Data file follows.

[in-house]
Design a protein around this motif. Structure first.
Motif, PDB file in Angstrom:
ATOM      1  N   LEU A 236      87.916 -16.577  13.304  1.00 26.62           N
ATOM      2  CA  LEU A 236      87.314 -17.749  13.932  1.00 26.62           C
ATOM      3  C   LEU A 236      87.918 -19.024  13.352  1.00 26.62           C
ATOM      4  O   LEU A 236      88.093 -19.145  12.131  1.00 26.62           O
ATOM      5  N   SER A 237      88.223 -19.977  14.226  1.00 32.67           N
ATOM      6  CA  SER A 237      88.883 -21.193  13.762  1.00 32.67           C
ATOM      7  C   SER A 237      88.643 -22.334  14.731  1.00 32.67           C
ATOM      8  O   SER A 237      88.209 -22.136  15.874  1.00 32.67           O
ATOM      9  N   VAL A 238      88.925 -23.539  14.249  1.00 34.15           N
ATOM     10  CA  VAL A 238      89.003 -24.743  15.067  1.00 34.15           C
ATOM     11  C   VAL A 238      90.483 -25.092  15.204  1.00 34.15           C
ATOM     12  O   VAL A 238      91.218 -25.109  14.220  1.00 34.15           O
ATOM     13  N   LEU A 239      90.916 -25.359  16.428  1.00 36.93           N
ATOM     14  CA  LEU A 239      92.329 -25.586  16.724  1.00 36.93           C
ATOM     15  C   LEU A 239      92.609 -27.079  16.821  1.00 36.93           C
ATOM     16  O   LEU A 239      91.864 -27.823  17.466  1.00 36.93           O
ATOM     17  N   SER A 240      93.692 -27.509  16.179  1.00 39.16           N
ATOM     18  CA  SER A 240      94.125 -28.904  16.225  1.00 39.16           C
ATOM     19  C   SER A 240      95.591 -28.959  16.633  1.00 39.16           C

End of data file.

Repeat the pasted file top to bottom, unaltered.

[in-house]
Design a protein around this motif. Structure first.
Motif, PDB file in Angstrom:
ATOM      1  N   LEU A 236      87.916 -16.577  13.304  1.00 26.62           N
ATOM      2  CA  LEU A 236      87.314 -17.749  13.932  1.00 26.62           C
ATOM      3  C   LEU A 236      87.918 -19.024  13.352  1.00 26.62           C
ATOM      4  O   LEU A 236      88.093 -19.145  12.131  1.00 26.62           O
ATOM      5  N   SER A 237      88.223 -19.977  14.226  1.00 32.67           N
ATOM      6  CA  SER A 237      88.883 -21.193  13.762  1.00 32.67           C
ATOM      7  C   SER A 237      88.643 -22.334  14.731  1.00 32.67           C
ATOM      8  O   SER A 237      88.209 -22.136  15.874  1.00 32.67           O
ATOM      9  N   VAL A 238      88.925 -23.539  14.249  1.00 34.15           N
ATOM     10  CA  VAL A 238      89.003 -24.743  15.067  1.00 34.15           C
ATOM     11  C   VAL A 238      90.483 -25.092  15.204  1.00 34.15           C
ATOM     12  O   VAL A 238      91.218 -25.109  14.220  1.00 34.15           O
ATOM     13  N   LEU A 239      90.916 -25.359  16.428  1.00 36.93           N
ATOM     14  CA  LEU A 239      92.329 -25.586  16.724  1.00 36.93           C
ATOM     15  C   LEU A 239      92.609 -27.079  16.821  1.00 36.93           C
ATOM     16  O   LEU A 239      91.864 -27.823  17.466  1.00 36.93           O
ATOM     17  N   SER A 240      93.692 -27.509  16.179  1.00 39.16           N
ATOM     18  CA  SER A 240      94.125 -28.904  16.225  1.00 39.16           C
ATOM     19  C   SER A 240      95.591 -28.959  16.633  1.00 39.16           C